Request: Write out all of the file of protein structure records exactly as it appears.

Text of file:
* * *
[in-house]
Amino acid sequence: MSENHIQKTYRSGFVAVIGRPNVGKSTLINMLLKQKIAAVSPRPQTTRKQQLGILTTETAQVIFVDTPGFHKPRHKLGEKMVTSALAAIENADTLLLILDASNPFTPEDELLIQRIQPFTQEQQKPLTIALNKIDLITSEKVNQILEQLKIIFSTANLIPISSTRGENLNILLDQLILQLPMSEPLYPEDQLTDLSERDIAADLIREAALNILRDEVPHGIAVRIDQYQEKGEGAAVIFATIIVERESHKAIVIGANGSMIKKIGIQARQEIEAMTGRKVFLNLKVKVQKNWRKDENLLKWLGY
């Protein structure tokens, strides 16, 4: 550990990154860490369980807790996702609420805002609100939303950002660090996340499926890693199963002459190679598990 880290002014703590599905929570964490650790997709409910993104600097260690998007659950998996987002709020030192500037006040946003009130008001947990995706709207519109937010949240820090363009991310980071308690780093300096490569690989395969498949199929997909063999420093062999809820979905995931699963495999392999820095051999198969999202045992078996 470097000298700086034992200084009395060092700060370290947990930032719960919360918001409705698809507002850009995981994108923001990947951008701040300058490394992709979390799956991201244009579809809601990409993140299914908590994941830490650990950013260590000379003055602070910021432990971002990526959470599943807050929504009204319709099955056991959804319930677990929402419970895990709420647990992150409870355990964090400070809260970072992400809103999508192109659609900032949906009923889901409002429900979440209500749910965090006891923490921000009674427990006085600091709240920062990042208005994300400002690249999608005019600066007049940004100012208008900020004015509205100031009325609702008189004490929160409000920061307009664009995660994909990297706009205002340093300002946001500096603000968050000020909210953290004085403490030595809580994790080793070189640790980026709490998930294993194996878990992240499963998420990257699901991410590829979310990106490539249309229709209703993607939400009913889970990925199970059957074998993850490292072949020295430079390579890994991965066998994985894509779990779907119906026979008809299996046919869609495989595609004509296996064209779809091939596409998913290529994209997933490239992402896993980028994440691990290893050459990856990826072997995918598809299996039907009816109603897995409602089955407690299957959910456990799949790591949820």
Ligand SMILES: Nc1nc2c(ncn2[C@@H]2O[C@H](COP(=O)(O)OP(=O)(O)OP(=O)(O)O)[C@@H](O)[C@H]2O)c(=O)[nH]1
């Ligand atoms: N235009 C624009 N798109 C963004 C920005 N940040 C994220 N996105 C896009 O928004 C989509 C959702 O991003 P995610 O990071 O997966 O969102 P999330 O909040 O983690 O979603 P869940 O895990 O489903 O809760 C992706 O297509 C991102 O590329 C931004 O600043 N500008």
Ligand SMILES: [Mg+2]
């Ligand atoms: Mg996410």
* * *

[in-house]
Amino acid sequence: MSENHIQKTYRSGFVAVIGRPNVGKSTLINMLLKQKIAAVSPRPQTTRKQQLGILTTETAQVIFVDTPGFHKPRHKLGEKMVTSALAAIENADTLLLILDASNPFTPEDELLIQRIQPFTQEQQKPLTIALNKIDLITSEKVNQILEQLKIIFSTANLIPISSTRGENLNILLDQLILQLPMSEPLYPEDQLTDLSERDIAADLIREAALNILRDEVPHGIAVRIDQYQEKGEGAAVIFATIIVERESHKAIVIGANGSMIKKIGIQARQEIEAMTGRKVFLNLKVKVQKNWRKDENLLKWLGY
């Protein structure tokens, strides 16, 4: 550990990154860490369980807790996702609420805002609100939303950002660090996340499926890693199963002459190679598990 880290002014703590599905929570964490650790997709409910993104600097260690998007659950998996987002709020030192500037006040946003009130008001947990995706709207519109937010949240820090363009991310980071308690780093300096490569690989395969498949199929997909063999420093062999809820979905995931699963495999392999820095051999198969999202045992078996 470097000298700086034992200084009395060092700060370290947990930032719960919360918001409705698809507002850009995981994108923001990947951008701040300058490394992709979390799956991201244009579809809601990409993140299914908590994941830490650990950013260590000379003055602070910021432990971002990526959470599943807050929504009204319709099955056991959804319930677990929402419970895990709420647990992150409870355990964090400070809260970072992400809103999508192109659609900032949906009923889901409002429900979440209500749910965090006891923490921000009674427990006085600091709240920062990042208005994300400002690249999608005019600066007049940004100012208008900020004015509205100031009325609702008189004490929160409000920061307009664009995660994909990297706009205002340093300002946001500096603000968050000020909210953290004085403490030595809580994790080793070189640790980026709490998930294993194996878990992240499963998420990257699901991410590829979310990106490539249309229709209703993607939400009913889970990925199970059957074998993850490292072949020295430079390579890994991965066998994985894509779990779907119906026979008809299996046919869609495989595609004509296996064209779809091939596409998913290529994209997933490239992402896993980028994440691990290893050459990856990826072997995918598809299996039907009816109603897995409602089955407690299957959910456990799949790591949820």
Ligand SMILES: Nc1nc2c(ncn2[C@@H]2O[C@H](COP(=O)(O)OP(=O)(O)OP(=O)(O)O)[C@@H](O)[C@H]2O)c(=O)[nH]1
């Ligand atoms: N235009 C624009 N798109 C963004 C920005 N940040 C994220 N996105 C896009 O928004 C989509 C959702 O991003 P995610 O990071 O997966 O969102 P999330 O909040 O983690 O979603 P869940 O895990 O489903 O809760 C992706 O297509 C991102 O590329 C931004 O600043 N500008």
Ligand SMILES: [Mg+2]
């Ligand atoms: Mg996410």